Tokyo Electric Power Co. have reported that containers holding contaminated water at the Fukushima nuclear power plant could trigger a hydrogen explosion, due to leaks in at least 10% of the containers.
There are estimated to be around 1,300 containers at the plant.
They store waste water from the ALPS (advanced liquid processing system) equipment that removes radioactive substances from contaminated water.
The containers, which are made of polyethylene, are 1.8 meters high and have diameters of 1.5 meters.
The first leak was discovered in a lid on April 2.
TEPCO began inspecting others to see if they had similar problems. Of the 278 it had examined by May 20, it found 26 had some sort of leak or were bleeding from their lids.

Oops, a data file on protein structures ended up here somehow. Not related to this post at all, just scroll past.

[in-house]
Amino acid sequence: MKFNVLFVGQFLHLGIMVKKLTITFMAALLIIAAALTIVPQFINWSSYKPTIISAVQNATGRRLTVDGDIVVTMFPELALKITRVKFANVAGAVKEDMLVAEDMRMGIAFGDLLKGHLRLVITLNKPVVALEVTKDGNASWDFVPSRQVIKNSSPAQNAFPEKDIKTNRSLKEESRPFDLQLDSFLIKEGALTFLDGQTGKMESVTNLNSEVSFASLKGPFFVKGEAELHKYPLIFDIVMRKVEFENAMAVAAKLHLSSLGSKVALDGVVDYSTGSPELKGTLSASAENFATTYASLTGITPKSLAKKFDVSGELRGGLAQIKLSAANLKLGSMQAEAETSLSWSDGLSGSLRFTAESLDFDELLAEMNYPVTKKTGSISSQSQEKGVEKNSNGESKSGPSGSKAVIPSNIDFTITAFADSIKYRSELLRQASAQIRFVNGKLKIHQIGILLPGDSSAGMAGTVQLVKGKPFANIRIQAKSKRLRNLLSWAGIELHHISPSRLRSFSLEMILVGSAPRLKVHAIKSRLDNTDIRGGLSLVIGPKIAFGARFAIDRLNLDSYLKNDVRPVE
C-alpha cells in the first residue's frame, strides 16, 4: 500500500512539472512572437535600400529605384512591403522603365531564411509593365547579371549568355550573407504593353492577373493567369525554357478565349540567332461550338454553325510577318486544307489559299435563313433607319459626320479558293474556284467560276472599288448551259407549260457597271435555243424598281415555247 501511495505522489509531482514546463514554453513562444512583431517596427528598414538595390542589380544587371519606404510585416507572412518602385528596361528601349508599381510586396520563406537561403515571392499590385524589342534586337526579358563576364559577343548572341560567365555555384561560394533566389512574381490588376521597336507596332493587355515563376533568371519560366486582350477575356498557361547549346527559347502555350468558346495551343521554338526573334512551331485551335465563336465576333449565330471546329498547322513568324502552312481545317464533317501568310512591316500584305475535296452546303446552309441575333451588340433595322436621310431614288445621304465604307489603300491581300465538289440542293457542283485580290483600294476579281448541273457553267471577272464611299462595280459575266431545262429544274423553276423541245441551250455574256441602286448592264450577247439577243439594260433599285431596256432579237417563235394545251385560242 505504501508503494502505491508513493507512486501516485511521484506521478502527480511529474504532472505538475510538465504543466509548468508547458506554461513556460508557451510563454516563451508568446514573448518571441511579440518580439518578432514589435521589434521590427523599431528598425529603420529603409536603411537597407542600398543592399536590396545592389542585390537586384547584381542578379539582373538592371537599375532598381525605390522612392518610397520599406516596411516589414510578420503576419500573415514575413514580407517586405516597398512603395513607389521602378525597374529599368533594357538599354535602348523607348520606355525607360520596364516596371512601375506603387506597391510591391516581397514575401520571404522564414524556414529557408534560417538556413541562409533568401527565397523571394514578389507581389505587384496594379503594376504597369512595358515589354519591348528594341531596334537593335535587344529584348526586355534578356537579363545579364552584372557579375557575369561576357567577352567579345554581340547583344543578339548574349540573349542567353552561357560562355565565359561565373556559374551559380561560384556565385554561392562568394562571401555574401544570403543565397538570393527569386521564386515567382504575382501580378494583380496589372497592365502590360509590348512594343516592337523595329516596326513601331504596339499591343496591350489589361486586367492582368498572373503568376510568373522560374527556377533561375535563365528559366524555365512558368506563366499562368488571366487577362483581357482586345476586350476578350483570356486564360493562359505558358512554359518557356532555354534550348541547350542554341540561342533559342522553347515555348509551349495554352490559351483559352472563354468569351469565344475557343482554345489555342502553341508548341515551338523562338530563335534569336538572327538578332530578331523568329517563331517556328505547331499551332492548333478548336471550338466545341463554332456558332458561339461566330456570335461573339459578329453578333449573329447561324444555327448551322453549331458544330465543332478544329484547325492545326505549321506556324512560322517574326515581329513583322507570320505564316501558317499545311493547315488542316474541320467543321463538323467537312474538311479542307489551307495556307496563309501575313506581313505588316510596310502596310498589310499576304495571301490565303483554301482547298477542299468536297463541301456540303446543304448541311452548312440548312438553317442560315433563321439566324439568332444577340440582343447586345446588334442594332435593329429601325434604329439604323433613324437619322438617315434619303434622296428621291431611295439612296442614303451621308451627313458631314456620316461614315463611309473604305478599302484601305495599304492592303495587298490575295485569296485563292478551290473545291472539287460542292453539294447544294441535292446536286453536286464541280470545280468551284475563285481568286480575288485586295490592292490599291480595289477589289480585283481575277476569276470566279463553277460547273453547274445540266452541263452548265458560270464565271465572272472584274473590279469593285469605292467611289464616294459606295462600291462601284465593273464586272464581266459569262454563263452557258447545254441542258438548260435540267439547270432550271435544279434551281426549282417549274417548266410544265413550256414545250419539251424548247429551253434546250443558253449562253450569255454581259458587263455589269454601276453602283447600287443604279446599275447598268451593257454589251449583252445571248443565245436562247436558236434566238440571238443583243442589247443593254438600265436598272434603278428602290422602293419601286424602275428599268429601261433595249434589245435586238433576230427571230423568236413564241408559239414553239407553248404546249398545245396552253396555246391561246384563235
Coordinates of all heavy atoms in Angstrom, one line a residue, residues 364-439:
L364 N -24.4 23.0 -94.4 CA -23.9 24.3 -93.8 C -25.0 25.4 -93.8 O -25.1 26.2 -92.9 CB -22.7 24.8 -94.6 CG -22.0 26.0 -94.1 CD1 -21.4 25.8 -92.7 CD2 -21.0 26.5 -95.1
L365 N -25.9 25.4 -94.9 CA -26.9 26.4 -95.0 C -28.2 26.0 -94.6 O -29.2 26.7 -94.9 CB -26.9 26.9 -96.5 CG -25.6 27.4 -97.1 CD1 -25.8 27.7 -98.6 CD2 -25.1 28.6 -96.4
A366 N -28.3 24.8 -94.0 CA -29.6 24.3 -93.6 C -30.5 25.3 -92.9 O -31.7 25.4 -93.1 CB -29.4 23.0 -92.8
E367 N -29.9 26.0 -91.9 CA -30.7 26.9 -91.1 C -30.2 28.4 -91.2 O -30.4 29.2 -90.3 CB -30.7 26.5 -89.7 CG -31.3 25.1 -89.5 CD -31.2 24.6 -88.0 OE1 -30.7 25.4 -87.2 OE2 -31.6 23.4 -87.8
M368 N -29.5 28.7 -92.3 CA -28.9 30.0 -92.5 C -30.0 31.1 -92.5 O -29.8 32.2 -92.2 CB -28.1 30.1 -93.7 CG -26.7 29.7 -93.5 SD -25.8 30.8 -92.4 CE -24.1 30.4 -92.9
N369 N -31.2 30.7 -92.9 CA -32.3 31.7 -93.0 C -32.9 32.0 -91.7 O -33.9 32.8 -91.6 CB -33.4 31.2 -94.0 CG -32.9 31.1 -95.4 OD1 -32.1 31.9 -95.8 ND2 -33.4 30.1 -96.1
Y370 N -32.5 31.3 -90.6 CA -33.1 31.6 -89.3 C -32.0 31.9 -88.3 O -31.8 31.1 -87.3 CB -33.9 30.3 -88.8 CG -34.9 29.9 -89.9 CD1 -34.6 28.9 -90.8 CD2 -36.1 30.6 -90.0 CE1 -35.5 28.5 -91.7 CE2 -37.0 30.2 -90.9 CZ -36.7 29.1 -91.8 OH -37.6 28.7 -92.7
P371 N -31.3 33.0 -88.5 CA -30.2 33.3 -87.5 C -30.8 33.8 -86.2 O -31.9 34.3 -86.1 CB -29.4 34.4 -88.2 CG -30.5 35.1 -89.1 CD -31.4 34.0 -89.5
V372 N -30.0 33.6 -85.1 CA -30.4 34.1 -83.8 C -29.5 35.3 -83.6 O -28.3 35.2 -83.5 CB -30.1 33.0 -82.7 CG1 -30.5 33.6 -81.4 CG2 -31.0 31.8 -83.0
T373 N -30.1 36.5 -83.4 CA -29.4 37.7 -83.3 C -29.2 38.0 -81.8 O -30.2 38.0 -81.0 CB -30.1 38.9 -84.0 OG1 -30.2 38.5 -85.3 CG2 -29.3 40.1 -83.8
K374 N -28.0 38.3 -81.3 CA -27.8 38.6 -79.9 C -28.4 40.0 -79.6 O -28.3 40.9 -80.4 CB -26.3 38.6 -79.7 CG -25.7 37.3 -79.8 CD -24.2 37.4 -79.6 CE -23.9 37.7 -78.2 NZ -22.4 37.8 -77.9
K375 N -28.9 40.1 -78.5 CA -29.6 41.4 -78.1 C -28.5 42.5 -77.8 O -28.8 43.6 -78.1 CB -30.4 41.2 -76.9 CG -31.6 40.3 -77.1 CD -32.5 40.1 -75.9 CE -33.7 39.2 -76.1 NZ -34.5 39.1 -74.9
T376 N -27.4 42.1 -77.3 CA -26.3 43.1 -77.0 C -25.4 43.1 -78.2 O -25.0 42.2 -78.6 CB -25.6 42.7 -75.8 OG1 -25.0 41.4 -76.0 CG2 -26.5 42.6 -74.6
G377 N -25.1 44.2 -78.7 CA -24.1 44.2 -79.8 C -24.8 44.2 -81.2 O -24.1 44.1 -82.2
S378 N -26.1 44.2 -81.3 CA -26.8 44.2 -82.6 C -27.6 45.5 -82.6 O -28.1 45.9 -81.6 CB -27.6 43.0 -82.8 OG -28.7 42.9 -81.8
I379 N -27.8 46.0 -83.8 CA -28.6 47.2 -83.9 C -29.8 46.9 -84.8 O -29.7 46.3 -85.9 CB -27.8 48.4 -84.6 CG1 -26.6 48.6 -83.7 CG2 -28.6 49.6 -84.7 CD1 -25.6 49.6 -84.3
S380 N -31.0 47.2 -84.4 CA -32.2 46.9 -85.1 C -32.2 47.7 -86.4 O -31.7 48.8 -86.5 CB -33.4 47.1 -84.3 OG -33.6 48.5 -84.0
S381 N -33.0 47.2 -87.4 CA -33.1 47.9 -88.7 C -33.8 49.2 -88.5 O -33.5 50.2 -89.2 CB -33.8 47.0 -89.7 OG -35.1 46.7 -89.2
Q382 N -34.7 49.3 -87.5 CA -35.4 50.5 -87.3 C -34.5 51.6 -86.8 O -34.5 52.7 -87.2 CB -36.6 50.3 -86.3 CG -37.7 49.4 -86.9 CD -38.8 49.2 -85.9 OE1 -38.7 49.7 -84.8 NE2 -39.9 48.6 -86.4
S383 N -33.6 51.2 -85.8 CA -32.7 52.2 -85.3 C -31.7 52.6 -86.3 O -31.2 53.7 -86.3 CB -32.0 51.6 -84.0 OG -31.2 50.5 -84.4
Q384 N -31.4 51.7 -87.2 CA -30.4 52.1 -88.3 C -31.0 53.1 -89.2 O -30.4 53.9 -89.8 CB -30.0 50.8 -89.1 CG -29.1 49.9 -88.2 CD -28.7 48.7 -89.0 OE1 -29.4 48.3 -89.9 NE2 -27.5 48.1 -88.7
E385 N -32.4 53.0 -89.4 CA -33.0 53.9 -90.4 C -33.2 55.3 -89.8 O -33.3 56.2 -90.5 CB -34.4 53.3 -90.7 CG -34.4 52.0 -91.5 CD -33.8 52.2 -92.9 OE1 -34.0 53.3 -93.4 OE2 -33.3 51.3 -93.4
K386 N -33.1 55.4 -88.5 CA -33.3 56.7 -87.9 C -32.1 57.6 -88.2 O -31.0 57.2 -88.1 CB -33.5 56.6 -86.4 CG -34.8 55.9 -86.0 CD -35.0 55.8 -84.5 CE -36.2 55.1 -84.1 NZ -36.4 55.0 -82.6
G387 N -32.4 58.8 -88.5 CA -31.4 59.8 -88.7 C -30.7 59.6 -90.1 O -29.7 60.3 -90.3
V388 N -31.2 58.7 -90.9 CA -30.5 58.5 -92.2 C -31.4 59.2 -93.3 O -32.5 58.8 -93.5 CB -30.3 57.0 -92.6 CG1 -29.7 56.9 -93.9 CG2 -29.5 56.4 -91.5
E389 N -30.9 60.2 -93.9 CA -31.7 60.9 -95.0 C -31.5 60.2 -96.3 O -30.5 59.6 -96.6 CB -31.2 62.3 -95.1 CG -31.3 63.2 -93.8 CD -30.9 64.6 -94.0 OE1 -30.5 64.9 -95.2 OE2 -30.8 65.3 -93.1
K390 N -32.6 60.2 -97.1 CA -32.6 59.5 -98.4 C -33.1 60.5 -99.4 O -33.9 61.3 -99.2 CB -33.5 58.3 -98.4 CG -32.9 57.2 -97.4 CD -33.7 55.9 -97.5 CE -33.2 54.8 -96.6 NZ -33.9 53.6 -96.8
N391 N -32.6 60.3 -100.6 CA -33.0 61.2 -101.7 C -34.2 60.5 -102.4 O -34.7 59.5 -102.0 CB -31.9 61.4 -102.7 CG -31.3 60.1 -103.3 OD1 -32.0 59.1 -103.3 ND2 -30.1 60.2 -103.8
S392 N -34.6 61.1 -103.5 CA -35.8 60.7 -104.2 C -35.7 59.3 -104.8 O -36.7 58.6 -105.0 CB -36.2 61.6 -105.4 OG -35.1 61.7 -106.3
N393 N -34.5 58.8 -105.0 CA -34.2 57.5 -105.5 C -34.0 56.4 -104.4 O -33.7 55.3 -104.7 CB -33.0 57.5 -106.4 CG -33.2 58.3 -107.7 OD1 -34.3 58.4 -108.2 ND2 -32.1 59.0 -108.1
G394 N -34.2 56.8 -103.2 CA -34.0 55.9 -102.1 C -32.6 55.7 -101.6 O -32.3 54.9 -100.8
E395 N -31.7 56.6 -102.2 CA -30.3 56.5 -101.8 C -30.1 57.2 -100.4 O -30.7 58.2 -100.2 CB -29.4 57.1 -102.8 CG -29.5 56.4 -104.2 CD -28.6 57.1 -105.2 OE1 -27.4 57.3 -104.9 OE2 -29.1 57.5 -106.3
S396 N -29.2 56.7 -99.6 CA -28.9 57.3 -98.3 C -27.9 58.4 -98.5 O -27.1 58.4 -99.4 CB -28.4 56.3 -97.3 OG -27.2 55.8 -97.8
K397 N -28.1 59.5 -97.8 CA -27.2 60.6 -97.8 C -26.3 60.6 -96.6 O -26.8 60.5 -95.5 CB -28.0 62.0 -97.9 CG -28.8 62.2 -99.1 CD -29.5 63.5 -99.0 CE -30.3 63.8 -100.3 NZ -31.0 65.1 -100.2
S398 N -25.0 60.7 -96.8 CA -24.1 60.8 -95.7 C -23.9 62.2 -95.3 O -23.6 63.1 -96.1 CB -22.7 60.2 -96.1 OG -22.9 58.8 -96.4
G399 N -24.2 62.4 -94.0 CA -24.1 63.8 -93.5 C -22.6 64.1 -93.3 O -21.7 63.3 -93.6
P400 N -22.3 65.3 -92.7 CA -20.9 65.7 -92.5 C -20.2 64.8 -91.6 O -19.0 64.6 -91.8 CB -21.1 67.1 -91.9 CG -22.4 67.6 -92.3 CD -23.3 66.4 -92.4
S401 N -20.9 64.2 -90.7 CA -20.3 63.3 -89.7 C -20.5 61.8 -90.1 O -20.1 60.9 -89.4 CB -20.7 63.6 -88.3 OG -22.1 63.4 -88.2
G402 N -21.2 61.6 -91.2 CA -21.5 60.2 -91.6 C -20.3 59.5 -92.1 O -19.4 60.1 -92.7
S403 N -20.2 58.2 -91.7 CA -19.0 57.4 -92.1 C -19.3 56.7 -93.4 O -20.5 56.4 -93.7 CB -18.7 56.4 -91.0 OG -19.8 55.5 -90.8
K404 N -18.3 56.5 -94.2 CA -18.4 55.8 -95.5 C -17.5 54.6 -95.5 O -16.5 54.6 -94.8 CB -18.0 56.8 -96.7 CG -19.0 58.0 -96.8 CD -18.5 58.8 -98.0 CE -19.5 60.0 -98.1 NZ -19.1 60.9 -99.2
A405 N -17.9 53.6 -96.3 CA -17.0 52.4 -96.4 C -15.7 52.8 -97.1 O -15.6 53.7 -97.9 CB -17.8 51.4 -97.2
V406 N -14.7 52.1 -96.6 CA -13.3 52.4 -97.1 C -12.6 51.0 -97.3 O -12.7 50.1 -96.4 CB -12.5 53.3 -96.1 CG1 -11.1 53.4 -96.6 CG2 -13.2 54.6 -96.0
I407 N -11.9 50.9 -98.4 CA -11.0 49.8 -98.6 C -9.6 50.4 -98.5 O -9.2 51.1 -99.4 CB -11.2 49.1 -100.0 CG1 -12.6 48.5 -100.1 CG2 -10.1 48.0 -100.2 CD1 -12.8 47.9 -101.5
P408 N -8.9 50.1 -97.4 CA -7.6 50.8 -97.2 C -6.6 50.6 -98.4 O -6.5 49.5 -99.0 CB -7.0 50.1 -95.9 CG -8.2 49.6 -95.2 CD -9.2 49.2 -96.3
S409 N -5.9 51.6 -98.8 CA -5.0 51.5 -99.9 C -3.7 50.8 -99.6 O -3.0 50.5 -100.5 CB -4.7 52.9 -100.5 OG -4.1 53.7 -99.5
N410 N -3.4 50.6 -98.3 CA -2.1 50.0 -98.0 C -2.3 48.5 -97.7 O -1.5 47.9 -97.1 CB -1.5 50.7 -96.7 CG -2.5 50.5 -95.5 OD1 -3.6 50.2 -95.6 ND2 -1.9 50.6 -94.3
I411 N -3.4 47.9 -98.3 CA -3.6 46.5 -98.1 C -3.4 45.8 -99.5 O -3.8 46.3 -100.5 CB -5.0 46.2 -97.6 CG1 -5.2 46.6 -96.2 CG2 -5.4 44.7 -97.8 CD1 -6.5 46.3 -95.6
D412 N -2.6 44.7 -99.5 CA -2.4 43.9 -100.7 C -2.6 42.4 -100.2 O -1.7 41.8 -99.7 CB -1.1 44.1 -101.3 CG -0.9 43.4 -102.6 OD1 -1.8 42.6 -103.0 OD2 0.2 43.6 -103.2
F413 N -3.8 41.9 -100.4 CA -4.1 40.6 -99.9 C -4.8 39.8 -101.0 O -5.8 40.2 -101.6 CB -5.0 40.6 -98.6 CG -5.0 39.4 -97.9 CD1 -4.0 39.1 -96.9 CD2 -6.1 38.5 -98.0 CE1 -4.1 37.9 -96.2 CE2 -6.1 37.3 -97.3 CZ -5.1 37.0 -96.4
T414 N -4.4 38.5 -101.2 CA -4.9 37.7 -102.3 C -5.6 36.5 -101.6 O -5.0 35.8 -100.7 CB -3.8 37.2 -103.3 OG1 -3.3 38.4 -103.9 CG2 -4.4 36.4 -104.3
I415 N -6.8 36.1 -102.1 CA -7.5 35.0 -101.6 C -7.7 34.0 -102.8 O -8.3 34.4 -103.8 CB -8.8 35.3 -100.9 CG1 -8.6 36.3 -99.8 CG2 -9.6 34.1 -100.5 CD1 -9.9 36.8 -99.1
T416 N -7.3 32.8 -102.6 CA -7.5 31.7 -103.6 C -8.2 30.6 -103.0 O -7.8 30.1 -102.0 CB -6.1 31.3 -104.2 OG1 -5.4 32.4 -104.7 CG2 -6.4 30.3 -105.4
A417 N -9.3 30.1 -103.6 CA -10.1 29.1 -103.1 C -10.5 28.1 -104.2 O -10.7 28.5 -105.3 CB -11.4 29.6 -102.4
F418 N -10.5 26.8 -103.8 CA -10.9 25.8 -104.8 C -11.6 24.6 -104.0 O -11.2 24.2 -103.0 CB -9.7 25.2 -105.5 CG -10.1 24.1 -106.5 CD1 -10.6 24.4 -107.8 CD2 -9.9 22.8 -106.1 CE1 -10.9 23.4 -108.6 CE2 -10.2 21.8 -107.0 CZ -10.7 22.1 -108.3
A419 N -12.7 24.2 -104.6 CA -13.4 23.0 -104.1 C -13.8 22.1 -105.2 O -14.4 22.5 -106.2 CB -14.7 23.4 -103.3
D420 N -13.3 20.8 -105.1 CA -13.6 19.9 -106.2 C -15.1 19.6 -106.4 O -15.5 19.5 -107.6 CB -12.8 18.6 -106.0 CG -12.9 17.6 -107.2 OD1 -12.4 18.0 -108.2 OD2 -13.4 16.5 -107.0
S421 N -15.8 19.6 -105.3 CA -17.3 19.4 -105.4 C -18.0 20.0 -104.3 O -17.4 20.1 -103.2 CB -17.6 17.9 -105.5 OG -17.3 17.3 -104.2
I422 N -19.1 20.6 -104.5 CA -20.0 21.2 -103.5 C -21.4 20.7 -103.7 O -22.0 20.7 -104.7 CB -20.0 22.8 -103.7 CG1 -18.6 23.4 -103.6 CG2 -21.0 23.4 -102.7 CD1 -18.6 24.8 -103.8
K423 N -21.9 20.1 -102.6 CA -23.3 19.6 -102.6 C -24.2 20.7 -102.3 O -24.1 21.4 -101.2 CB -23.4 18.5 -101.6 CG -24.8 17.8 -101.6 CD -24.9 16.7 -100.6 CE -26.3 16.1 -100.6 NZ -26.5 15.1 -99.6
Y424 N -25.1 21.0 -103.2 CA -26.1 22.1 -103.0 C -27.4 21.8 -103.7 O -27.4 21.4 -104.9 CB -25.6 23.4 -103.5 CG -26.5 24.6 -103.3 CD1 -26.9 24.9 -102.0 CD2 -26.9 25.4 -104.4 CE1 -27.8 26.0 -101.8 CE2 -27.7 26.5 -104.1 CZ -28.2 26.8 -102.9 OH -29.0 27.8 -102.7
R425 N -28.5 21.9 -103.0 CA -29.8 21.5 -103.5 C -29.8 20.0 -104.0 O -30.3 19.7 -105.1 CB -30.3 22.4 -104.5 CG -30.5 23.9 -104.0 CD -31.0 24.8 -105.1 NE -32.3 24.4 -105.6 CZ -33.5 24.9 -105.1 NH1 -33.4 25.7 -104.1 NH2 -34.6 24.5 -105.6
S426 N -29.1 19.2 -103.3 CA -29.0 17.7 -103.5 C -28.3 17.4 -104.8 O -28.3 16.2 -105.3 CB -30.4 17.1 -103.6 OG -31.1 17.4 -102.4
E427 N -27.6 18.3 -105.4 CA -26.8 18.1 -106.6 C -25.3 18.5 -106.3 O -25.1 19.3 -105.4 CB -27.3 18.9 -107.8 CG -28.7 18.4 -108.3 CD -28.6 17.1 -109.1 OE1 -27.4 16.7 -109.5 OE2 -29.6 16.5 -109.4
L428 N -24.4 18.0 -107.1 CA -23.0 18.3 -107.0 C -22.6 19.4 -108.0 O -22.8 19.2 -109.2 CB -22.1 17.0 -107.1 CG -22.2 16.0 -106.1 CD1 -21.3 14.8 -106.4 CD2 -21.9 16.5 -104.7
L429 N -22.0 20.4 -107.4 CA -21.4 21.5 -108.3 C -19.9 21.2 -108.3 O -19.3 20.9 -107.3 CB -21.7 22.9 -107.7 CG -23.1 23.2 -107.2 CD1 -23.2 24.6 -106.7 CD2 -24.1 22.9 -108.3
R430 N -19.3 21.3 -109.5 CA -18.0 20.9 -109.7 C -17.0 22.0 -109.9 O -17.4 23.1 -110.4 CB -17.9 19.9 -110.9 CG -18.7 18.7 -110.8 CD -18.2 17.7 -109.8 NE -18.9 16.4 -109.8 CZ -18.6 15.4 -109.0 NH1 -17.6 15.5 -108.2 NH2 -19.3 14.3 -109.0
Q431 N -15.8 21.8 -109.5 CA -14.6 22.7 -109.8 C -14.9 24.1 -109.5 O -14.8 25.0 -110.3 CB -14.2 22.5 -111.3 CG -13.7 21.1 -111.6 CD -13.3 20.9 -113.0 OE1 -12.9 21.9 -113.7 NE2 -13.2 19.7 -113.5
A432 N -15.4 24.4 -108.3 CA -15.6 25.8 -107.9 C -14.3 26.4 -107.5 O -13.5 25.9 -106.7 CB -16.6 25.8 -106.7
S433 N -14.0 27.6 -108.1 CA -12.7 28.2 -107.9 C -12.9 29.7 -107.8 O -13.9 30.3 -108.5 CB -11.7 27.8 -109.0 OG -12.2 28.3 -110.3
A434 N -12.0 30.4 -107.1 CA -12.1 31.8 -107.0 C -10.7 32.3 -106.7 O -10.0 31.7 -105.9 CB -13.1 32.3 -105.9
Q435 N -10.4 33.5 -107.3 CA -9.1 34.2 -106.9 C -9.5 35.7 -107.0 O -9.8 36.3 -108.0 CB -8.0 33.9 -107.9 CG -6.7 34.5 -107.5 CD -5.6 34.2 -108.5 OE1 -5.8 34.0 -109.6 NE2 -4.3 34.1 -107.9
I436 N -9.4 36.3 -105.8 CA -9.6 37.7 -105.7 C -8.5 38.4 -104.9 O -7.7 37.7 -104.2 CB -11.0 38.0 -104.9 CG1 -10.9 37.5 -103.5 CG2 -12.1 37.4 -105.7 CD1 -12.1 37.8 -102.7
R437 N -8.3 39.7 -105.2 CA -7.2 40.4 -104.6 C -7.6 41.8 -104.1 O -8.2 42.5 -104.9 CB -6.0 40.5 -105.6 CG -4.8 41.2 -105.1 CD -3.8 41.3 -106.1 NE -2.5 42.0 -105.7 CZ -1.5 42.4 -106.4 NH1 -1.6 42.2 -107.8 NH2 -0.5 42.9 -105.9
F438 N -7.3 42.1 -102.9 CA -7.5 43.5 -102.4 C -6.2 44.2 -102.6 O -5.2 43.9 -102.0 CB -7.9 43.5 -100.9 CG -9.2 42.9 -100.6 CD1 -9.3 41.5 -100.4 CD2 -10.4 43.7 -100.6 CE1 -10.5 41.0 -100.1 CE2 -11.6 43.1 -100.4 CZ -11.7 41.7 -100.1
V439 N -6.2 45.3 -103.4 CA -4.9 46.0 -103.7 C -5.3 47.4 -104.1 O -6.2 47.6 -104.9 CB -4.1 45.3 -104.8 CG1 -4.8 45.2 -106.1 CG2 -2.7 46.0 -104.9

The operator said the leaks and bleeding were likely caused by hydrogen and other types of gases that resulted from the water’s exposure to high levels of radiation.
Such gases appear to have accumulated in sediment at the bottom of the containers, expanding the volume of the liquid.
An NRA official said the accumulating hydrogen poses a potential danger.
“If the concentration level is high, a spark caused by static electricity could cause a container to explode,” the official said.
Although all the lids of the containers were supposed to be fitted with pressure-release valves to allow gasses to escape, TEPCO’s survey found that one did not have the mechanism.
Further review of the delivery records for the containers showed there may be as many as 333 that are also defective, a TEPCO official said.
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